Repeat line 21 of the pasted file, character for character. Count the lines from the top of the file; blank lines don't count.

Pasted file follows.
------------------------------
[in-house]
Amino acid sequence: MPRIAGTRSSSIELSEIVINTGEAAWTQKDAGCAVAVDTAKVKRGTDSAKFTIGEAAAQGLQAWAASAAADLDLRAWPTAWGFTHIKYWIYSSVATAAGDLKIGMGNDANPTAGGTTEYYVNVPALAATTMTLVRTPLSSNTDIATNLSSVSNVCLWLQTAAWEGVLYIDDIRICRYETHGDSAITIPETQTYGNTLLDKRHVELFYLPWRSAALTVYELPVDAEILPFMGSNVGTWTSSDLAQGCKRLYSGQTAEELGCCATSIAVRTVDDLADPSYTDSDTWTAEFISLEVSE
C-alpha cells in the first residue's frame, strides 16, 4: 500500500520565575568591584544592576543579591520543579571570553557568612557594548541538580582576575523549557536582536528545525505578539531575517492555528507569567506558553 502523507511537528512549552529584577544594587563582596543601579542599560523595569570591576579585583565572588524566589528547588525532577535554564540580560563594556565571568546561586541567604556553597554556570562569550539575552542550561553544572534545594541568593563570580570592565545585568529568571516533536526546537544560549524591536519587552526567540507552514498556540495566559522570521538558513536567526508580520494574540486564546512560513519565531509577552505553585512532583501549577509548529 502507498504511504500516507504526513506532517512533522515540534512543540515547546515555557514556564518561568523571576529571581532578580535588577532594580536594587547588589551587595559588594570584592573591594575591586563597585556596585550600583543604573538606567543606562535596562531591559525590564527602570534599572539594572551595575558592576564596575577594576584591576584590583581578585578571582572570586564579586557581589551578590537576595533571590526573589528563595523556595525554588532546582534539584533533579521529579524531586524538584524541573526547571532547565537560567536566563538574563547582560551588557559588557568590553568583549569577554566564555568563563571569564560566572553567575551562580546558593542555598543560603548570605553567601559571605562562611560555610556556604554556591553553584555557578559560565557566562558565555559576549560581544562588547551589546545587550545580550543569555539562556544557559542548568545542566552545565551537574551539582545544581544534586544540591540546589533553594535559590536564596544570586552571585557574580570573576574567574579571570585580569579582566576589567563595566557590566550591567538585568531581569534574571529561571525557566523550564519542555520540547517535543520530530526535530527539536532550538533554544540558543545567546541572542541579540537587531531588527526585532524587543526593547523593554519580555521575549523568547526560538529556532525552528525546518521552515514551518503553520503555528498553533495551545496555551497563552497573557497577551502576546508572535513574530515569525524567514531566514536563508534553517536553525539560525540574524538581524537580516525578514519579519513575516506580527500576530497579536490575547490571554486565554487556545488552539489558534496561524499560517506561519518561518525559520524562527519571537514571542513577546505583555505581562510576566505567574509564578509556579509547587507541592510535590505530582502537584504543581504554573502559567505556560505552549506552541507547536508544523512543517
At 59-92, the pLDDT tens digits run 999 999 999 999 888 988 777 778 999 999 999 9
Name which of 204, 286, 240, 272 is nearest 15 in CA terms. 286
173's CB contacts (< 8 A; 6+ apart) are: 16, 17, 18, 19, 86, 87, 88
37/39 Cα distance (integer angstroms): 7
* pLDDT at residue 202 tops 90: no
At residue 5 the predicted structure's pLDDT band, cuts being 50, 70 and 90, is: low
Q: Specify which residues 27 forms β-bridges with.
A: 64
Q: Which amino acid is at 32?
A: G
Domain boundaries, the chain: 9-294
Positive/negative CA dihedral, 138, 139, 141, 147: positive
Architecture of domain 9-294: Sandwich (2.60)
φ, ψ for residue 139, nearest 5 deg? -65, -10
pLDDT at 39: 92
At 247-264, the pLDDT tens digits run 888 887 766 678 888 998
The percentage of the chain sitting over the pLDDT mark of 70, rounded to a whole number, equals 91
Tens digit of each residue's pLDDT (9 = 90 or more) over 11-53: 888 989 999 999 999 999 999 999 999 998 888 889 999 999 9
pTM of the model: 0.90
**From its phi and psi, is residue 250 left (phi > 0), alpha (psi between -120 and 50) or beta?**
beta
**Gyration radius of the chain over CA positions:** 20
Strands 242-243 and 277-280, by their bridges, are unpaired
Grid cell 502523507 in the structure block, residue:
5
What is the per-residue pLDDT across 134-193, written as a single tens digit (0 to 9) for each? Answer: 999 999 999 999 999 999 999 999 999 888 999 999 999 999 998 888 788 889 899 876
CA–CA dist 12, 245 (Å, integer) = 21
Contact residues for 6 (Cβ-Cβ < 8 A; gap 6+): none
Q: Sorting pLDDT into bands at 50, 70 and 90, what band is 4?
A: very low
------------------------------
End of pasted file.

Tens digit of each residue's pLDDT (9 = 90 or more) over 11-53: 888 989 999 999 999 999 999 999 999 998 888 889 999 999 9